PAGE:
In any event, if Shepard didn’t hammer the point home clearly enough, Weisser should: Counsel should raise Sixth Amendment challenges to the use of any criminal history related fact to increase the statutory maximum. At worst, even if the Almendarez-Torres exception is not yet on its last legs, its scope is certainly an open question.”
When this Blog noticed yesterday that an amended opinion had been issued in Weisser, our fear was that the Court recognized this great dicta and decided to get rid of it. Fortunately, the Court did not do so, and in fact did the very opposite — it expanded upon and clarified its discussion concerning the limits of the Almendarez-Torres exception.
The critical addition is found in the same footnote previously discussed, footnote 10 on page 27 of the slip opinion. This footnote, with the new addition in red, now states:
“Specifically, the district court relied on (1) Weisser’s repeated parole violations after his release from prison on a child molestation conviction; (2) his repeated failure to register as a sex offender, as required by law; and (3) his ‘prior attempts to arrange sexual liaisons with other minors and his prior relationship with a teenage boy.’ Although certain facts of prior conviction are not subject to the Sixth Amendment’s protections under the exception established in Almendarez-Torres v. United States, 523 U.S. 224 (1998), the scope of that exception is unclear, see Shepard v. United States, 543 U.S. ___, 125 S. Ct. 1254, 1262 (2005); United States v. Fagans, 406 F.3d 138, 141-42 (2d Cir. 2005). Whether or not Weisser’s previous parole violations fall within the Almendarez-Torres exception is open to debate, but we think that the other facts upon which the district court relied are ‘too far removed from the conclusive significance of a prior judicial record’ to fall within the exception. Shepard, 125 S. Ct. at 1262; cf. United States v. Gutierrez-Ramirez, 405 F.3d 352, 359 (5th Cir. 2005) (relyin on Shepard and concluding that district court relied on facts that fell outside of the Almendarez-Torres exception, thus violating the Sixth Amendment); United States v. Washington, 404 F.3d 834, 841-42 (4th Cir. 2005) (same).”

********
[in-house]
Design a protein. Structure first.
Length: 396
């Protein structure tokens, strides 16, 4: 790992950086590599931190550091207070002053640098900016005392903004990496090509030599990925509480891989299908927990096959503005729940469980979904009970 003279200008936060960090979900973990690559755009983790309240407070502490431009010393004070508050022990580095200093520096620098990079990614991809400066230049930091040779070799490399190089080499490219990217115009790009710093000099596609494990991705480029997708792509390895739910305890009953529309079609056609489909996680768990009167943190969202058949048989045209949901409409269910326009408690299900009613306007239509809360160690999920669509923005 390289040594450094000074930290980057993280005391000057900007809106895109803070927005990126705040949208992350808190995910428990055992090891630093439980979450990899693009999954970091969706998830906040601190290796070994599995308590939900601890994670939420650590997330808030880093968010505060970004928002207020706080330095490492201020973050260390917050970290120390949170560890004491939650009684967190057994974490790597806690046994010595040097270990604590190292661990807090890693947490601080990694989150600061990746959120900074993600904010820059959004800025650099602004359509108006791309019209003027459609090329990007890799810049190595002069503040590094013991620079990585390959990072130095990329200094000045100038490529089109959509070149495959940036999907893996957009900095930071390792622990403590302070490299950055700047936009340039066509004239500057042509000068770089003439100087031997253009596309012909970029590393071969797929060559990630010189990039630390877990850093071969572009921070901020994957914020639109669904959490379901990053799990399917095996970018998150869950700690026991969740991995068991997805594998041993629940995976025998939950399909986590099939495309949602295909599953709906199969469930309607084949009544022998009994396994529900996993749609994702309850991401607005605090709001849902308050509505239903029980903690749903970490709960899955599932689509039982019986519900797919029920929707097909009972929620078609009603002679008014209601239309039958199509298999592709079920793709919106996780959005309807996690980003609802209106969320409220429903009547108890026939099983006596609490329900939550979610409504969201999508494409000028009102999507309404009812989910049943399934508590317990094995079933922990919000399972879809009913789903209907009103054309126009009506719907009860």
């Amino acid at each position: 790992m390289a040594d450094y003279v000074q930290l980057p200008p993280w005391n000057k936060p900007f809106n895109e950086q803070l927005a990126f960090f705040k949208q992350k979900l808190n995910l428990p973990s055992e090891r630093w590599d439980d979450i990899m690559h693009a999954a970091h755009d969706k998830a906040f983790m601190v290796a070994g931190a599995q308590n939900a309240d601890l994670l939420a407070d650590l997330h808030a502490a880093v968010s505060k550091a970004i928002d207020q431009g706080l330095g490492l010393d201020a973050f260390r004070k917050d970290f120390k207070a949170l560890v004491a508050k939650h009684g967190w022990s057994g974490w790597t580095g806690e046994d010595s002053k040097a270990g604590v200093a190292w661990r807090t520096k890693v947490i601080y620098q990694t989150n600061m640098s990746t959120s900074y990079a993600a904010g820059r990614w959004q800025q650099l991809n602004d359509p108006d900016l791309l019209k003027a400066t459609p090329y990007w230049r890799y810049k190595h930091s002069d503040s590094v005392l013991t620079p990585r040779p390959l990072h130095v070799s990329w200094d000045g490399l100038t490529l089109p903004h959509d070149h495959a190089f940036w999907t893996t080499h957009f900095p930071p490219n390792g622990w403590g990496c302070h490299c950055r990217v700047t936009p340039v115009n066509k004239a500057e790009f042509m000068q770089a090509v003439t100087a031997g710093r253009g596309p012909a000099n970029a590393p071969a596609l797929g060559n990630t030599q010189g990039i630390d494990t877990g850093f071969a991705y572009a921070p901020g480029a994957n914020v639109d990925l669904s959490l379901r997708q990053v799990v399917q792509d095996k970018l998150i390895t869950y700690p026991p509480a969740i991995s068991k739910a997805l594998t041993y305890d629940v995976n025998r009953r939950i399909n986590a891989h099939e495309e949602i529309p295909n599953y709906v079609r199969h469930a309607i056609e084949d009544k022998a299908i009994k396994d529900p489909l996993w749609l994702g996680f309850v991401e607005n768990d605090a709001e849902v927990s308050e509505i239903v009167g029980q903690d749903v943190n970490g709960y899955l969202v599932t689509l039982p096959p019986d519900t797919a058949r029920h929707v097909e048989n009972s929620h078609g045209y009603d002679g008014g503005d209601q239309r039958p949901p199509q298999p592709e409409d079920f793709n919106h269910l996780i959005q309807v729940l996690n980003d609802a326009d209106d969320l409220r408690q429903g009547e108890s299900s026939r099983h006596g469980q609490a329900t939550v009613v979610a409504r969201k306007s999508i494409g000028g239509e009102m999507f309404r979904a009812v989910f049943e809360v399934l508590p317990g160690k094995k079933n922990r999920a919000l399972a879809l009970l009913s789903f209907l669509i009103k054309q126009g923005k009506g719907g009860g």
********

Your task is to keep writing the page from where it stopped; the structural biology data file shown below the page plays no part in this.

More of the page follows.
The take-away from the amended portion is that there are indeed facts, ostensibly concerning a defendant’s criminal history, that are “too far removed from the conclusive significance of a prior judicial record” to be covered by the Almendarez-Torres exception. Amended Op. at 27 n.10. Those facts include the facts listed in the 2nd and 3rd categories relied upon by the district court to horizontally depart: the defendant’s “repeated failure to register as a sex offender” and his “‘prior attempts to arrange sexual liaisons with other minors and his prior relationship with a teenage boy.'” Id. One would assume that other “criminal history” facts of a similar variety likewise would not be covered by the Almendarez-Torres exception, though which facts would so qualify is unclear. Indeed, the amended opinion does not even answer whether the first category of facts relied upon by the district court — Weisser’s prior repeated parole violations — falls within or outside of the Almendarez-Torres exception, noting only that this question “is open to debate.” Id.
At the very least, the amended opinion in Weisser should serve as a clarion call to all defense counsel: Raise Sixth Amendment challenges to the use of any criminal history related fact to increase the statutory maximum!